Cancer. The very word is enough to strike fear into most of us.
We all, at the very least, know someone (or know of someone) directly affected by cancer. Some cancers can be actively prevented by, for example, choosing not to smoke, and others can be permanently cured with early detection and routine screening (including some breast, skin, and prostate cancers).
Preventing cancer wherever possible is essential, as many people will ultimately die from the disease.
For example, in Australia in 2022*:
- Cancer is currently the leading cause of death.
- It’s estimated that there will be 162,000 new cancer diagnoses by the end of 2022; non-melanoma skin cancer rates are much, much higher.
- While cancer can occasionally occur in childhood, the odds of developing cancer increase with age, and 50% of Australians will be diagnosed with a form of cancer by age 85 (this includes non-melanoma skin cancers).
- The most common cancers diagnosed in Australia (not including non-melanoma skin cancers) are prostate, breast, bowel, melanoma, and lung cancer.
- 50,000 people will die from cancer in 2022; while the rate of cancer diagnoses has risen (to a large extent, due to an ageing population), the death rate has fallen by more than 24% in the last 40 years.
- Average 5-year survival rates for all cancers combined are currently 70%; for some cancers, this exceeds 90%. Prevention, early detection, and prompt treatment are imperative.
(*Sources: Cancer Council; Australian Institute of Health & Welfare)
One thing that has been shown to possibly have a role in cancer prevention is Vitamin D.
What is Vitamin D?
Vitamin D is a nutrient the body generates when triggered to do so by sunlight hitting the skin. The body can’t make vitamin D on its own; without sunlight, it needs to be ingested in food or supplement form.
People with very dark skin are more vulnerable to vitamin D deficiency, as are those who live in countries with less sunlight.
Vitamin D plays several important roles in the body, including:
- Helping the body use calcium and phosphorus – the body can only absorb calcium in the presence of vitamin D
- Maintaining bone health and strength
- Minimising risk of fractures and osteoporosis
- Supporting muscle function
- Supporting the activity of brain cells
- Maintaining cardiovascular health
- Reducing inflammation
- Helping control infections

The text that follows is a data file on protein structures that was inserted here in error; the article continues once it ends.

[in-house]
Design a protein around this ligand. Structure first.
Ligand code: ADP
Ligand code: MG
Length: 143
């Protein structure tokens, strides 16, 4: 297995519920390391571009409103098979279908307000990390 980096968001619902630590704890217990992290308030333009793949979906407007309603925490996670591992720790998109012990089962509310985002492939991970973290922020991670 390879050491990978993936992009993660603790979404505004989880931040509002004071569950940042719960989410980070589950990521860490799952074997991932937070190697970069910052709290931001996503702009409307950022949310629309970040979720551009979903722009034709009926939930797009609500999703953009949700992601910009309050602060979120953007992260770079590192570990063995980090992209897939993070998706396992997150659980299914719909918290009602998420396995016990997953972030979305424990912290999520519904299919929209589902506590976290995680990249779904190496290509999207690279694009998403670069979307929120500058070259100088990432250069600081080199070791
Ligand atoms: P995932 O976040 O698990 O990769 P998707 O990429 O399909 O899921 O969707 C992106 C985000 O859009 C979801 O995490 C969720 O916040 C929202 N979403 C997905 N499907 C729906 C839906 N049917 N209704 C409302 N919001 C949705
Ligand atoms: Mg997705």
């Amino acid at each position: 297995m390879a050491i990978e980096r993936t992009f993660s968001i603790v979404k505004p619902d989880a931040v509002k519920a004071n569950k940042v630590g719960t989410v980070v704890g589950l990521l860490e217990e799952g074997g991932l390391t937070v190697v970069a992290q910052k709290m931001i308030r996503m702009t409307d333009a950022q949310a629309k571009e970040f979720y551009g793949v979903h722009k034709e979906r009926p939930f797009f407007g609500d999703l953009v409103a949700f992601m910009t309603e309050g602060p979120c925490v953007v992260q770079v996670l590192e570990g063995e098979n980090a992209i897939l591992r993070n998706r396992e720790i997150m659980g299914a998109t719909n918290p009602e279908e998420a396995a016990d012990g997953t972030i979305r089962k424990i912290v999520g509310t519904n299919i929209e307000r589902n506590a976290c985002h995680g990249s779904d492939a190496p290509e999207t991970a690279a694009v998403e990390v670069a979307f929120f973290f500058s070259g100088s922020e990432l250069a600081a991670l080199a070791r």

- Reducing cancer cell growth
Low levels of vitamin D are more common in women than in men.
How Does Vitamin D Help Prevent Cancer?
Scientific research has demonstrated that people in sunnier parts of the world have lower rates of some cancers and that fewer cancer sufferers in these areas die from their disease.
They have also observed that:
- There is likely a protective relationship between vitamin D levels in the blood and reduced risks of colon, breast, prostate, and ovarian cancers.
- Vitamin D may certainly help prevent colorectal (bowel) cancer. Higher levels of Vitamin D in the blood seem to be associated with a lower chance of developing and dying from bowel cancer.
- For women who have low levels of vitamin D, taking vitamin D tablets may help reduce their likelihood of developing the disease. It does not, however, demonstrably prevent breast cancer overall, although women who had normal, healthy vitamin D levels were significantly less likely to be diagnosed with breast cancer.
- Women with breast cancer and low vitamin D were more likely to experience a recurrence of their disease and higher mortality rates.
How to Get Enough Vitamin D
Most people get adequate vitamin D with just 10 minutes of sun exposure on the skin per day during spring and summer. In winter, it may be more difficult. More than around 10 minutes of sun exposure is not going to increase your vitamin D levels, as the body can only generate so much at a time.
Taking care of your skin and being “sun-smart”, however, is particularly important in Australia, to prevent premature ageing and the risk of developing skin cancer. Melanoma rates in Australia are the highest in the world and this is among the most dangerous cancers affecting people as young as 20. This means that you may need to get enough vitamin D from other means.
Numerous foods contain vitamin D, including fatty fish, eggs, fortified milk products, soy products, fruit juices, and breakfast cereals.
Taking supplements including fish oil, cod liver oil, and vitamin D tablets may be beneficial.
It’s very important to understand that too much vitamin D can be as potentially harmful as too little. Too much vitamin D increases calcium levels in the blood and organs and this can increase the risk of calcification in the blood vessels, kidneys, heart, lungs, and pancreatic cancer. Excessive sun exposure does not influence vitamin D toxicity but does pose serious skin cancer and cosmetic risks.
It’s a good idea to have your GP check your vitamin D levels (with a simple blood test) before taking supplements and always take vitamin D supplements according to the dosage instructions on the label.